In order to prevent the conductor from being subjected to the deposition of snow and the icing, it has been proposed to temporarily pass a large amount of alternating current through the conductor to generate joule heat by which the snow or ice on the conductor is melted. However, this method can not be carried out at all times because of the limitations on the operation of the transmission line.

Another method of overcoming the above-mentioned difficulty is to mount rings on the conductor in spaced relation to cause the snow on the conductor to drop therefrom. However, the rings often fail to cause the snow or the ice to drop satisfactorily. Further, lumps of the snow or ice caused to drop by the rings may injure a passer-by or cause damage to the crops and the farm facilities.

It has also been proposed to mount a magnetic material element on the transmission line conductor so that the snow or the ice on the conductor is melted by the heat due to hysteresis loss and eddy current loss generated by the magnetic field developing in the magnetic material element due to the flow of alternating current through the conductor. The magnetic material element includes a wire, a tape and a rod all of which are adapted to be spirally wound around the conductor, and a sleeve adapted to be fitted on the conductor. Such magnetic material element should be as lightweight as possible to prevent the transmission line from becoming unduly heavy. Also, since the heat generated by the magnetic material element at temperatures causing no icing or snow deposition contributes to the loss of the transmission power, the magnetic material element should preferably be made of a low Curie point material of which magnetic properties are lowered at high temperatures to generate less heat. Generally, a low Curie point material tends to be less magnetic even at low temperatures than a high Curie point material. Therefore, the melting of snow or ice can not satisfactorily be achieved only by the heat due to the hysteresis loss, and the heat due to the eddy current loss must also be used together to achieve a desired melting of the snow or ice.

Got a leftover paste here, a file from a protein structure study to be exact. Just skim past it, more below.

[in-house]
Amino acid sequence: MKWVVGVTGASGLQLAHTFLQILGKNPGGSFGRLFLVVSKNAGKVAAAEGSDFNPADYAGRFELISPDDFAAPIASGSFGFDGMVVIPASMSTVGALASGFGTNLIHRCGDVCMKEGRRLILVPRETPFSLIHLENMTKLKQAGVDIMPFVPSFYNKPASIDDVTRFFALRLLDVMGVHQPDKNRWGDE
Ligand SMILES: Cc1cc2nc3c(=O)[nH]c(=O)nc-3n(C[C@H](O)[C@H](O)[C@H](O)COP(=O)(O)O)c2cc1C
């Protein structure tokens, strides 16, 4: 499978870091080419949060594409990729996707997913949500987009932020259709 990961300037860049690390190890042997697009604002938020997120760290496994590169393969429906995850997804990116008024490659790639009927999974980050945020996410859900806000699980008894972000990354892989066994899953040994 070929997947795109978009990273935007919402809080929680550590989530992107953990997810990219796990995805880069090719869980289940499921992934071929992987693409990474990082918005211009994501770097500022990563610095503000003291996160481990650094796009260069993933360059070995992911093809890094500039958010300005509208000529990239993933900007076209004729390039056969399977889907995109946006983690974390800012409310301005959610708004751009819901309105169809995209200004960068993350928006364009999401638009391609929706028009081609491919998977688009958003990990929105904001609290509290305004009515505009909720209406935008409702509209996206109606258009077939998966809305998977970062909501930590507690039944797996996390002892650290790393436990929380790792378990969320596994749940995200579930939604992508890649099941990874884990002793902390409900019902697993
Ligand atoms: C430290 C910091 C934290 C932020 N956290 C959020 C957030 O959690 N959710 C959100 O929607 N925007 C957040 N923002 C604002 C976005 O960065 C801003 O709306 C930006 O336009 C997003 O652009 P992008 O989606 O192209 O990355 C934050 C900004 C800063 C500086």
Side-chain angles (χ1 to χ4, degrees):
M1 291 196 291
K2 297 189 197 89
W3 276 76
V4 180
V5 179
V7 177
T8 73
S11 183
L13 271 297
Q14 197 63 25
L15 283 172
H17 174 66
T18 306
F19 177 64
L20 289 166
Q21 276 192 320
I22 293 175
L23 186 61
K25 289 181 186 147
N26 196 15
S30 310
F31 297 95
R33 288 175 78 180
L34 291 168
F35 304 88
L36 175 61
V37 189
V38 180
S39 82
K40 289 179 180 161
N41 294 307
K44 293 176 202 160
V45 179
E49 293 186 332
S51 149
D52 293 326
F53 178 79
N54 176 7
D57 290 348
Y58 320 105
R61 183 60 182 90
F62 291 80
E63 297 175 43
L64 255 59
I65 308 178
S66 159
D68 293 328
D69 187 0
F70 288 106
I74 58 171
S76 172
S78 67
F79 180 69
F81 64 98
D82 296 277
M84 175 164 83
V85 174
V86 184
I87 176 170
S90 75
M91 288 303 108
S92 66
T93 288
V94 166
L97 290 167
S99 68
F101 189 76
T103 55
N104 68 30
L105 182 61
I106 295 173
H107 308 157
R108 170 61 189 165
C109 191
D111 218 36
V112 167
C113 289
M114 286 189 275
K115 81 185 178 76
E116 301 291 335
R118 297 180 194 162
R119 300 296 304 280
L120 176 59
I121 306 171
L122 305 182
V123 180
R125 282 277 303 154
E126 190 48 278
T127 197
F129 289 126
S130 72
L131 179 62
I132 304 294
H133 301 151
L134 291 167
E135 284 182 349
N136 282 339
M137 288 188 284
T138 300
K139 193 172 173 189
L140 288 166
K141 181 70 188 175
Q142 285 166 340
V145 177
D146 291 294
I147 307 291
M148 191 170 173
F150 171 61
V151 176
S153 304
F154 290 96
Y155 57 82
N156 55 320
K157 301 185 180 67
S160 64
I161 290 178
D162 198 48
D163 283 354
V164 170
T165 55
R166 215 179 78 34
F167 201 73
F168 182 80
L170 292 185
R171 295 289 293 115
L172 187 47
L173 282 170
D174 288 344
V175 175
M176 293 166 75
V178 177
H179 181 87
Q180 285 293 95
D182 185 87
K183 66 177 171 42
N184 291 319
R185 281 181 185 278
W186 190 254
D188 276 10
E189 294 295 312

Usually, the magnetic material element comprises a magnetic material and a conductive metal sheathing covering it.

In the case of a magnetic material having a high Curie point of not less than 300 C., the heat due to the hysteresis loss is greater than the heat due to the eddy current loss. Therefore, the melting effect is not so affected by the thickness of the conductive metal sheathing covering the magnetic material.

In the case of a magnetic material having a low Curie point of not larger than 200 C., the heat due to the eddy current loss is greater than the heat due to the hysteresis loss. Therefore, it is necessary to properly determine the thickness of the conductive metal sheathing in order to achieve a desired melting of the snow or ice.

The magnetic material element has been made of alloys having a Curie point of 0 to 100 C., such as an alloy containing iron, nickel, chrominum and silicon and having a Curie point of around room temperature. However, magnetic properties of such alloys are liable to be affected by heat treatment conditions and other processing conditions. In addition, such alloys have a poor reproducibility. For example, the magnetic material element in the form of a wire is manufactured by drawing. Magnetic properties of the thus drawn wire are lowered due to the residual strain of the wire irrespective of the reduction rate of the drawing operation. If it is intended to use such a wire for the purpose of melting the snow or ice on the conductor, a large amount of wire must be wound around the conductor to achieve the desired melting.